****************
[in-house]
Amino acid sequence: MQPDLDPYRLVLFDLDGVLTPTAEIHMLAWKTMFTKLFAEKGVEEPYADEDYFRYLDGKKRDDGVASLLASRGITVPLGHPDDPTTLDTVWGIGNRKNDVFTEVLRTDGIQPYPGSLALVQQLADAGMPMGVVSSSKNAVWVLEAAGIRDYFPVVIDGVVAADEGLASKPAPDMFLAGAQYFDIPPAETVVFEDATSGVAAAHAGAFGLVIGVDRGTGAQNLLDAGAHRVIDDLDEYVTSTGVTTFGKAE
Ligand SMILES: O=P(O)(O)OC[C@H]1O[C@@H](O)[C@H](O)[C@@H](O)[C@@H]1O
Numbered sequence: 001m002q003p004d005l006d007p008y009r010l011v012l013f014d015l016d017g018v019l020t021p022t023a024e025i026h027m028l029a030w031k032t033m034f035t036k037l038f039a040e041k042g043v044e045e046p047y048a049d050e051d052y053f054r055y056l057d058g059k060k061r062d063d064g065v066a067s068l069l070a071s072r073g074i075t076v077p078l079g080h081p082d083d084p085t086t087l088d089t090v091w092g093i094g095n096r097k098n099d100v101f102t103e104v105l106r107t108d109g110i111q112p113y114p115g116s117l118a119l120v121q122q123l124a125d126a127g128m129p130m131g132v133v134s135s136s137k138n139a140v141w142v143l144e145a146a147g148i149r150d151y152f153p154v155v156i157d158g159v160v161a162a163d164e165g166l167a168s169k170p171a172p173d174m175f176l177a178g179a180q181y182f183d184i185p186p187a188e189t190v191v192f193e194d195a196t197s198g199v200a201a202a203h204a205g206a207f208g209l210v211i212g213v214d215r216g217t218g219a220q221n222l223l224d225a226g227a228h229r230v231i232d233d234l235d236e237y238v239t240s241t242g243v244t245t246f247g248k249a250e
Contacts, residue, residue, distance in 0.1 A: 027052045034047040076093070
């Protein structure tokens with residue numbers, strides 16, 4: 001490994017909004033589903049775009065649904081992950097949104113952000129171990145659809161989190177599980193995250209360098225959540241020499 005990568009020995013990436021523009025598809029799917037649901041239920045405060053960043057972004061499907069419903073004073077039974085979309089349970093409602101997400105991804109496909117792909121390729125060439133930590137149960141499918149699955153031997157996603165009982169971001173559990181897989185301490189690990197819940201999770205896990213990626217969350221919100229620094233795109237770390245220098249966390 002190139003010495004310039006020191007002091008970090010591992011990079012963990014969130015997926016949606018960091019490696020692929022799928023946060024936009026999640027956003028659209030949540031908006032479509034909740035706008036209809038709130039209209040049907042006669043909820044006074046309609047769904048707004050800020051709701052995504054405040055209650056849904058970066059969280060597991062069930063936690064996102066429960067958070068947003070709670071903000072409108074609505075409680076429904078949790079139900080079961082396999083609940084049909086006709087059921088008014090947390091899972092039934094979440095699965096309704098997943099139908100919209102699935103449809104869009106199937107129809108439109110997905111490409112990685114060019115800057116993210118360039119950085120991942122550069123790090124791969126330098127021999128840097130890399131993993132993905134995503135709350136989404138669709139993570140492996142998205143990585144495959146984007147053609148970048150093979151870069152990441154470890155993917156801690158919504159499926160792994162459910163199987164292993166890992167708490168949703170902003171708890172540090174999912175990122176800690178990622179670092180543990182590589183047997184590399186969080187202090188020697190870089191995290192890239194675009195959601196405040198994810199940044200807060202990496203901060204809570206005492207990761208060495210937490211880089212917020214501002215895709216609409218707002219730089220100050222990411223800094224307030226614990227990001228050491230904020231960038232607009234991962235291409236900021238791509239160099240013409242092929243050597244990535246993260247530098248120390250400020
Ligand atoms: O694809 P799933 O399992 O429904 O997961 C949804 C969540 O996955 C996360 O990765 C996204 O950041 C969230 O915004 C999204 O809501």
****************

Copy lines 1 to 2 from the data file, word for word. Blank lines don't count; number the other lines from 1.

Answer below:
[in-house]
Amino acid sequence: MQPDLDPYRLVLFDLDGVLTPTAEIHMLAWKTMFTKLFAEKGVEEPYADEDYFRYLDGKKRDDGVASLLASRGITVPLGHPDDPTTLDTVWGIGNRKNDVFTEVLRTDGIQPYPGSLALVQQLADAGMPMGVVSSSKNAVWVLEAAGIRDYFPVVIDGVVAADEGLASKPAPDMFLAGAQYFDIPPAETVVFEDATSGVAAAHAGAFGLVIGVDRGTGAQNLLDAGAHRVIDDLDEYVTSTGVTTFGKAE